Tuesday, 12 March 2013
Human rights are "commonly understood as inalienable fundamental rights to which a person is inherently entitled simply because she or he is a human being." Human rights are thus conceived as universal and egalitarian. These rights may exist as natural rights or as legal rights, in local, regional, national, and international law. The doctrine of human rights in international practice, within international law, global and regional institutions, in the policies of states and in the activities of non-governmental organizations, has been a cornerstone of public policy around the world.
The idea of human rights states, "If the public discourse of peacetime global society can be said to have a common moral language, it is that of human rights." Despite this, the strong claims made by the doctrine of human rights continue to provoke considerable skepticism and debates about the content, nature and justifications of human rights to this day. Indeed, the question of what is meant by a "right" is itself controversial and the subject of continued philosophical debate.
Many of the basic ideas that animated the human rights movement developed in the aftermath of the Second World War and the atrocities of The Holocaust, culminating in the adoption of the Universal Declaration of Human Rights in Paris by the United Nations General Assembly in 1948. The ancient world did not possess the concept of universal human rights. The true forerunner of human rights discourse was the concept of natural rights which appeared as part of the medieval Natural law tradition that became prominent during the Enlightenment with such philosophers as John Locke, Francis Hutcheson, and Jean-Jacques Burlamaqui, and featured prominently in the political discourse of the American Revolution and the French Revolution.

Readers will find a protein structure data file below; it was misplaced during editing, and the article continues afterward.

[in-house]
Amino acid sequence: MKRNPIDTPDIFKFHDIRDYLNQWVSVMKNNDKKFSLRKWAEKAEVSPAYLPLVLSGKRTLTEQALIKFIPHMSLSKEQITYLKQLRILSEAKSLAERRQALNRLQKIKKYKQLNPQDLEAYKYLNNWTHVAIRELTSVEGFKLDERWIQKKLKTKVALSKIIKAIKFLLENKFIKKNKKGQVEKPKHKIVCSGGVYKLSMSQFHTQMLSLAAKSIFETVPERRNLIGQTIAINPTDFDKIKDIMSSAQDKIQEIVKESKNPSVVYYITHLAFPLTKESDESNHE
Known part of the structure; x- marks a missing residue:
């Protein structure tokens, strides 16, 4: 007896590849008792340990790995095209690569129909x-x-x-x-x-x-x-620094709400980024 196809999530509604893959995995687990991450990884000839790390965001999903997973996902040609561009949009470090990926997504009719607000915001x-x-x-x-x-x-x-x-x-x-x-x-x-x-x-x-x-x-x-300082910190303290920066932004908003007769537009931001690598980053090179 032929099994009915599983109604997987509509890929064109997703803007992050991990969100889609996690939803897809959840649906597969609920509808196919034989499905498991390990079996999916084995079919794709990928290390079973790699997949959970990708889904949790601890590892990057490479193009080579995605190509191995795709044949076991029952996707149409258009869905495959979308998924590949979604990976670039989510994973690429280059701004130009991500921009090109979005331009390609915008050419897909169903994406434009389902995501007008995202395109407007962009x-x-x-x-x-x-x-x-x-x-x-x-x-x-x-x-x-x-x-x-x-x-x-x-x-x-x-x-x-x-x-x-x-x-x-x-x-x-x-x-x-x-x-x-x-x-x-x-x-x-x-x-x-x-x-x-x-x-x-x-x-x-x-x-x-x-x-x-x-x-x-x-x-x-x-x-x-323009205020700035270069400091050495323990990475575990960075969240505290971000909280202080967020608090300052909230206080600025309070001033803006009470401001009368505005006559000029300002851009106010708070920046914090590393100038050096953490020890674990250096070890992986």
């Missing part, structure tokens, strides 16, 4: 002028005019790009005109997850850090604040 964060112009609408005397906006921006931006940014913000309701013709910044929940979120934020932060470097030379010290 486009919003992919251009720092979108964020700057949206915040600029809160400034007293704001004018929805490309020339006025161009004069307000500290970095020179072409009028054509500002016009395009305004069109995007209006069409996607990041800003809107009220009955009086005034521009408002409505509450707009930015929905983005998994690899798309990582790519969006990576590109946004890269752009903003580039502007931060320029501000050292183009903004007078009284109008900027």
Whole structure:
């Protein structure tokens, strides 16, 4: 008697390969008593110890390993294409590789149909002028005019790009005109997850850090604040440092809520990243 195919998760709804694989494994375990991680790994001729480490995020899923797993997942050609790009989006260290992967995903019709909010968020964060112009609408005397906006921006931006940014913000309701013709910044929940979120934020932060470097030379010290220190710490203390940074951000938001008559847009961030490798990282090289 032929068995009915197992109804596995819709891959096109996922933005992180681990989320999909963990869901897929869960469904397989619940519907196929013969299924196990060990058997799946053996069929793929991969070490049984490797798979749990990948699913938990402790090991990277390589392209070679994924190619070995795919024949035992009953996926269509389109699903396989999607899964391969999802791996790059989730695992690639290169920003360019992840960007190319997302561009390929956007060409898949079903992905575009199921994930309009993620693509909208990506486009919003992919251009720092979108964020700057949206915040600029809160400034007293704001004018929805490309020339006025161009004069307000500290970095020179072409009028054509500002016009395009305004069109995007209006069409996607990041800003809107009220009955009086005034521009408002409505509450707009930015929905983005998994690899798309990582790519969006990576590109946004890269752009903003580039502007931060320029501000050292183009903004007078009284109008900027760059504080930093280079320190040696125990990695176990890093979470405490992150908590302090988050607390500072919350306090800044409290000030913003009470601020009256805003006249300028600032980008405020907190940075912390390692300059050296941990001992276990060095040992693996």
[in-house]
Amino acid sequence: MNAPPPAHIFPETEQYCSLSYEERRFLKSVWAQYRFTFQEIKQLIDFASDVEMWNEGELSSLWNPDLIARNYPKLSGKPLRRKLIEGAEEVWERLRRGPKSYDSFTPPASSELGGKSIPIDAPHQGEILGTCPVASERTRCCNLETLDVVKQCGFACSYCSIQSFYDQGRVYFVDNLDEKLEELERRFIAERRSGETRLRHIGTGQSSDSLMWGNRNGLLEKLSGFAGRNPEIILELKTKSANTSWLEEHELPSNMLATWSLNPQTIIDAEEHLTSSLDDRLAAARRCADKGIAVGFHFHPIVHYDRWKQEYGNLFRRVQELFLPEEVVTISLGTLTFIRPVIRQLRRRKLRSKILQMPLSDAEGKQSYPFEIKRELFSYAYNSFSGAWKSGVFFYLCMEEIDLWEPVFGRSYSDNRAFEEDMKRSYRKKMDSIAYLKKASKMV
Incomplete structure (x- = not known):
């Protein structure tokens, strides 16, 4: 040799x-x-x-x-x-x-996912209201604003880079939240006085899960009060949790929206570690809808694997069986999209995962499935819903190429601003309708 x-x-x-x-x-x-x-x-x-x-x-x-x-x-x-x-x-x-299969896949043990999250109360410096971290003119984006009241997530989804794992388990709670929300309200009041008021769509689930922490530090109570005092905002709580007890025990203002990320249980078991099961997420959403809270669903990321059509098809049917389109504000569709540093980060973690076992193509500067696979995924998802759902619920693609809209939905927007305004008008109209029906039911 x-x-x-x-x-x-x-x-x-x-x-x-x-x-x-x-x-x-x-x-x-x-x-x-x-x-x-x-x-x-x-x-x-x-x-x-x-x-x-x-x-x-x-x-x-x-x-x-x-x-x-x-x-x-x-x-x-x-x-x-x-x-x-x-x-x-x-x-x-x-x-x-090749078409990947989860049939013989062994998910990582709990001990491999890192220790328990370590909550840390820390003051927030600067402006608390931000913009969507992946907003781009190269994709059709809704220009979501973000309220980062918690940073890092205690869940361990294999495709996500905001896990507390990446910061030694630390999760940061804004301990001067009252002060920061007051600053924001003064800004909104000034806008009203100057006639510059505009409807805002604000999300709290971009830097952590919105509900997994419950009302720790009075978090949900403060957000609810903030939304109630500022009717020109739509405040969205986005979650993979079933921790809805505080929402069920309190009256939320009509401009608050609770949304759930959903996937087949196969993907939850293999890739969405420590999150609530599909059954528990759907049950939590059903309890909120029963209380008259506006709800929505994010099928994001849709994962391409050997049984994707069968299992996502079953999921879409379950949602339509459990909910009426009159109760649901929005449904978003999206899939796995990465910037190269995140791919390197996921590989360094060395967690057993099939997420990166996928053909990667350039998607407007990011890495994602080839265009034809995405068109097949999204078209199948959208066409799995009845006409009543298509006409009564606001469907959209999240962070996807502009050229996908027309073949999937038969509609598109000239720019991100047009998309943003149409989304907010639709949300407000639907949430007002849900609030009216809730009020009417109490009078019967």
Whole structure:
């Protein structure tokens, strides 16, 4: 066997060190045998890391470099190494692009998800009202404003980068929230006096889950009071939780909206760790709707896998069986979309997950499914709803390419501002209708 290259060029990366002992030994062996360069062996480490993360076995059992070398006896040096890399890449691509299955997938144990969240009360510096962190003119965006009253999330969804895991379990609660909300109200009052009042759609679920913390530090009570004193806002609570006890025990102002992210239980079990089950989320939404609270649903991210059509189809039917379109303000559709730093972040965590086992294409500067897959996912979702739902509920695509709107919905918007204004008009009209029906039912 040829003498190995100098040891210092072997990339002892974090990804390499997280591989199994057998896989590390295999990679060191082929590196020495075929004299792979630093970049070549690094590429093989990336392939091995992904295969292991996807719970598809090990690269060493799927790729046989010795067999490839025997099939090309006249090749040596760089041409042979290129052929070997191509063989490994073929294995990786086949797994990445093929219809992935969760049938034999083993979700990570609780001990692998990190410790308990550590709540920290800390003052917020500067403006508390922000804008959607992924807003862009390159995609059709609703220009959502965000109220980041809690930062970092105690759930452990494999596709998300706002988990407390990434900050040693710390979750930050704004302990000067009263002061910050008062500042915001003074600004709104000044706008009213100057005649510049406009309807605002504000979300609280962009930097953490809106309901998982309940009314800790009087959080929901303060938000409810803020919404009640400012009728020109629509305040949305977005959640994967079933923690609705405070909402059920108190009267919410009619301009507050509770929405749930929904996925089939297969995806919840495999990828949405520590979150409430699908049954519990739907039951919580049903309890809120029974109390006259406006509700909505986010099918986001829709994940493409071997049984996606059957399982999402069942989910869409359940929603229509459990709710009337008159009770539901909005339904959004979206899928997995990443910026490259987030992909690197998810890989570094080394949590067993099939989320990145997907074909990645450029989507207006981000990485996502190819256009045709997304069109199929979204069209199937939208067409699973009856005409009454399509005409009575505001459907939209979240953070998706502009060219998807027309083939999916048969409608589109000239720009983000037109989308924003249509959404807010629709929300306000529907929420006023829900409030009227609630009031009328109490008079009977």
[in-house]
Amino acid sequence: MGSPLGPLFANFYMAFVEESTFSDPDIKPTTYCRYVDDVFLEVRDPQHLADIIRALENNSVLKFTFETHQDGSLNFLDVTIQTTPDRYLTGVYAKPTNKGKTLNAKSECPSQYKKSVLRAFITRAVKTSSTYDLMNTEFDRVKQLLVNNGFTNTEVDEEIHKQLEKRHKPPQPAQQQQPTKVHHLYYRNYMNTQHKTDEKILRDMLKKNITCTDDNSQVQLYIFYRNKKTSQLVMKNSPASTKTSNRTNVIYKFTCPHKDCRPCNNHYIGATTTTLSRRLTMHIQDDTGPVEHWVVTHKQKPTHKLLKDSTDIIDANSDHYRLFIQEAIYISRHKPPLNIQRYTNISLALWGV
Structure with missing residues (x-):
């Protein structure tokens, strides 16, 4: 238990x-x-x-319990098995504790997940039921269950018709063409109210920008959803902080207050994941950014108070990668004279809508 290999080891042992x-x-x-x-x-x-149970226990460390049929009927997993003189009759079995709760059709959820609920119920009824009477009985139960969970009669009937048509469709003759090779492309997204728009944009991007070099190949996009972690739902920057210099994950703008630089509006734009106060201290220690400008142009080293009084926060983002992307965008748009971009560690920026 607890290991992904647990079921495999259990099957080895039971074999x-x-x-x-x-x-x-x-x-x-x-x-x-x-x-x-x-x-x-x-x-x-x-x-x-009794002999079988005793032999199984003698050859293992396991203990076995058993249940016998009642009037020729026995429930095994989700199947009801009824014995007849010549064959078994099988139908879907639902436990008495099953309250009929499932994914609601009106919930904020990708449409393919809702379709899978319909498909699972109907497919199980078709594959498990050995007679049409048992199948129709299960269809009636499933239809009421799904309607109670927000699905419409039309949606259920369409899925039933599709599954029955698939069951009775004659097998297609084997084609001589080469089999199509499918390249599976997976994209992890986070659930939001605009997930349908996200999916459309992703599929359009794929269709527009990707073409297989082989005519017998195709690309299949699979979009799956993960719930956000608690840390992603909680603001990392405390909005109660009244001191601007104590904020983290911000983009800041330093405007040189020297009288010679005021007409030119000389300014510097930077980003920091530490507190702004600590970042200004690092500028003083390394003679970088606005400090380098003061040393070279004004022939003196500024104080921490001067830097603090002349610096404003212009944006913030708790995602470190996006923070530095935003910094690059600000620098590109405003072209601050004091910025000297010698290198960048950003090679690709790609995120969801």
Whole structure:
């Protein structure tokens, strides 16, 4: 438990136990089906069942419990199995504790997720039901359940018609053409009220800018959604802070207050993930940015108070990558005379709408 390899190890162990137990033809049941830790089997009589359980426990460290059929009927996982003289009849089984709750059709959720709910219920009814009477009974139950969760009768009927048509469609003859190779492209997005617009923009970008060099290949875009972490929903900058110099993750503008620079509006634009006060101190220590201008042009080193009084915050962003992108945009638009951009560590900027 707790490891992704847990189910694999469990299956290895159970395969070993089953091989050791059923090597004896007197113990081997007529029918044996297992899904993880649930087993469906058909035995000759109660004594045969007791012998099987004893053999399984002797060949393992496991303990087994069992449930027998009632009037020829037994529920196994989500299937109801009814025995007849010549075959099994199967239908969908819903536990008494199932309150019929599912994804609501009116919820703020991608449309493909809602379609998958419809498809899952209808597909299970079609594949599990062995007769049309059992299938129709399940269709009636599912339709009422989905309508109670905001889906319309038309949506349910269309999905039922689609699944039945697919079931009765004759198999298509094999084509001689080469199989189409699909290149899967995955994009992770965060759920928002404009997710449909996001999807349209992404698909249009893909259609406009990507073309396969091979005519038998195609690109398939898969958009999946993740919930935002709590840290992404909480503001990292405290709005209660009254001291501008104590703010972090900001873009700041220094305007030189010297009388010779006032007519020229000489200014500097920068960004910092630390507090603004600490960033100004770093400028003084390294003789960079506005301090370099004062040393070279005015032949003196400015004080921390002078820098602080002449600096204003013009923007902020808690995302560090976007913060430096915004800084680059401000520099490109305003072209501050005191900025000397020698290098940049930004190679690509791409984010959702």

Thursday, 10 May 2012
Aucuba is a genus of three to ten species of flowering plants, now placed in the family Garryaceae, although formerly classified in the Aucubaceae or Cornaceae.
Aucuba species are native to eastern Asia, from the eastern Himalaya east to Japan. The name is a latinization of Japanese Aokiba. They are evergreen shrubs or small trees 2-13 m tall, similar in appearance to the laurels of the genus Laurus, having glossy, leathery leaves, and are among the shrubs, excluding the genuine laurel, Laurus nobilis called "bay", that are mistakenly called laurels in gardens.
The leaves are opposite, broad lanceolate, 8-25 cm long and 2-7 cm broad, with a few large teeth on the margin near the apex of the leaf. Aucubas are dioecious, having separate male and female plants. The flowers are small, 4-8 mm diameter, with four purplish-brown petals; they are produced in clusters of 10-30 in a loose cyme. The fruit is a red berry 1 cm diameter.
Wednesday, 27 December 2006
Amid the horror of Liam Ashley's death in custody, the report from the Inspectorate of the Department of Corrections into that tragic event reveals a contrast in regard for human rights between state and private sector agencies.
The main story is, of course, the awful convergence of a vulnerable 17 year old, stupid murderous intent, and institutional bungling. The report uncovers a professional assessment that Liam's killer was likely at some stage to murder simply for the notoriety and that Liam had scored 25 points (considered to be a`high' score) on a Departmental test to detect vulnerability. Added to the cocktail was misinformation given to the Chubb escorts and a lack of intervention from the third inmate who was being carried in the prison van's compartment the day Liam was killed.